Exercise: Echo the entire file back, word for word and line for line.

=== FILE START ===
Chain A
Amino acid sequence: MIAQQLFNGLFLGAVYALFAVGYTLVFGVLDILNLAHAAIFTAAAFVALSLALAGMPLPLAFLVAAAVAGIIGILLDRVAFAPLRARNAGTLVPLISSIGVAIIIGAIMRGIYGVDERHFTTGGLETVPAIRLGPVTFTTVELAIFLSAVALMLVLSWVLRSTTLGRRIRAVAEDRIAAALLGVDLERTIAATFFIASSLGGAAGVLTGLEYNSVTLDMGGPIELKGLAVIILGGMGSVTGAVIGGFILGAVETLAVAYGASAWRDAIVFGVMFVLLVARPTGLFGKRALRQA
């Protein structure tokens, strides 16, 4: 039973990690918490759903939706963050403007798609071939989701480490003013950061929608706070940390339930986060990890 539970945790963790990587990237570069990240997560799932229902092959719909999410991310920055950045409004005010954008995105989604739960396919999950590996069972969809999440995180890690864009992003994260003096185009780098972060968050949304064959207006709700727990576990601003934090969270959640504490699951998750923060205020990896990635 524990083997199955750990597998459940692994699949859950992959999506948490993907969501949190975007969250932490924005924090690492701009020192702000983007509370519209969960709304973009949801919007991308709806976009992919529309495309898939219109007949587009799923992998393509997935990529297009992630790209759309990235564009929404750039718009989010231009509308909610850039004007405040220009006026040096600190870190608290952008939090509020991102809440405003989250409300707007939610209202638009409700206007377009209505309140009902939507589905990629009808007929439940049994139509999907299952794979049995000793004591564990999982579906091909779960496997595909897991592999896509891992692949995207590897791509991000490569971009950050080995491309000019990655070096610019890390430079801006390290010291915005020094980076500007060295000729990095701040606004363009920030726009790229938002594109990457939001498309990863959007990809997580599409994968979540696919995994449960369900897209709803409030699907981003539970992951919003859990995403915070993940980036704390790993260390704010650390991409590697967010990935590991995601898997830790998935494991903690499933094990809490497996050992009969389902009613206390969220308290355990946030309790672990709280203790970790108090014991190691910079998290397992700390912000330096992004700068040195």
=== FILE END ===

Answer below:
Chain A
Amino acid sequence: MIAQQLFNGLFLGAVYALFAVGYTLVFGVLDILNLAHAAIFTAAAFVALSLALAGMPLPLAFLVAAAVAGIIGILLDRVAFAPLRARNAGTLVPLISSIGVAIIIGAIMRGIYGVDERHFTTGGLETVPAIRLGPVTFTTVELAIFLSAVALMLVLSWVLRSTTLGRRIRAVAEDRIAAALLGVDLERTIAATFFIASSLGGAAGVLTGLEYNSVTLDMGGPIELKGLAVIILGGMGSVTGAVIGGFILGAVETLAVAYGASAWRDAIVFGVMFVLLVARPTGLFGKRALRQA
């Protein structure tokens, strides 16, 4: 039973990690918490759903939706963050403007798609071939989701480490003013950061929608706070940390339930986060990890 539970945790963790990587990237570069990240997560799932229902092959719909999410991310920055950045409004005010954008995105989604739960396919999950590996069972969809999440995180890690864009992003994260003096185009780098972060968050949304064959207006709700727990576990601003934090969270959640504490699951998750923060205020990896990635 524990083997199955750990597998459940692994699949859950992959999506948490993907969501949190975007969250932490924005924090690492701009020192702000983007509370519209969960709304973009949801919007991308709806976009992919529309495309898939219109007949587009799923992998393509997935990529297009992630790209759309990235564009929404750039718009989010231009509308909610850039004007405040220009006026040096600190870190608290952008939090509020991102809440405003989250409300707007939610209202638009409700206007377009209505309140009902939507589905990629009808007929439940049994139509999907299952794979049995000793004591564990999982579906091909779960496997595909897991592999896509891992692949995207590897791509991000490569971009950050080995491309000019990655070096610019890390430079801006390290010291915005020094980076500007060295000729990095701040606004363009920030726009790229938002594109990457939001498309990863959007990809997580599409994968979540696919995994449960369900897209709803409030699907981003539970992951919003859990995403915070993940980036704390790993260390704010650390991409590697967010990935590991995601898997830790998935494991903690499933094990809490497996050992009969389902009613206390969220308290355990946030309790672990709280203790970790108090014991190691910079998290397992700390912000330096992004700068040195």